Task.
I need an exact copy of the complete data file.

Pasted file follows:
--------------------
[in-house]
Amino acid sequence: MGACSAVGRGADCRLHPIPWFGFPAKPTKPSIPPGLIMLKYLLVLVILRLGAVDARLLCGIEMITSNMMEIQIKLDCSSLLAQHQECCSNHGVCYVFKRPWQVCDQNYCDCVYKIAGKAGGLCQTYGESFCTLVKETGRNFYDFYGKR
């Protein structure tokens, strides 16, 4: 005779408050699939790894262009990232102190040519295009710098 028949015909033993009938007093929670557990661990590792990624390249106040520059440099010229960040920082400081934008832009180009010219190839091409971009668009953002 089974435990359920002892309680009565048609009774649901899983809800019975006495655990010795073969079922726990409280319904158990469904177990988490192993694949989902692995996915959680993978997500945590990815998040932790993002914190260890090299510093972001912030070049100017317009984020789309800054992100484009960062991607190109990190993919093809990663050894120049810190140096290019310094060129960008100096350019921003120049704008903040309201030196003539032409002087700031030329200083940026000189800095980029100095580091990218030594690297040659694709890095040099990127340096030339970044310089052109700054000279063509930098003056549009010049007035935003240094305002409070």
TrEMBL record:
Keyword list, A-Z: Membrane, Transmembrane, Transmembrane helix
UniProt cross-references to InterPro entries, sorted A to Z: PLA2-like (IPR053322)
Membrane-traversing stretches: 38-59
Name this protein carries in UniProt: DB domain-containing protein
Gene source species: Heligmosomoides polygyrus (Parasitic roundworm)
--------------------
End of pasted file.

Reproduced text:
[in-house]
Amino acid sequence: MGACSAVGRGADCRLHPIPWFGFPAKPTKPSIPPGLIMLKYLLVLVILRLGAVDARLLCGIEMITSNMMEIQIKLDCSSLLAQHQECCSNHGVCYVFKRPWQVCDQNYCDCVYKIAGKAGGLCQTYGESFCTLVKETGRNFYDFYGKR
């Protein structure tokens, strides 16, 4: 005779408050699939790894262009990232102190040519295009710098 028949015909033993009938007093929670557990661990590792990624390249106040520059440099010229960040920082400081934008832009180009010219190839091409971009668009953002 089974435990359920002892309680009565048609009774649901899983809800019975006495655990010795073969079922726990409280319904158990469904177990988490192993694949989902692995996915959680993978997500945590990815998040932790993002914190260890090299510093972001912030070049100017317009984020789309800054992100484009960062991607190109990190993919093809990663050894120049810190140096290019310094060129960008100096350019921003120049704008903040309201030196003539032409002087700031030329200083940026000189800095980029100095580091990218030594690297040659694709890095040099990127340096030339970044310089052109700054000279063509930098003056549009010049007035935003240094305002409070």
TrEMBL record:
Keyword list, A-Z: Membrane, Transmembrane, Transmembrane helix
UniProt cross-references to InterPro entries, sorted A to Z: PLA2-like (IPR053322)
Membrane-traversing stretches: 38-59
Name this protein carries in UniProt: DB domain-containing protein
Gene source species: Heligmosomoides polygyrus (Parasitic roundworm)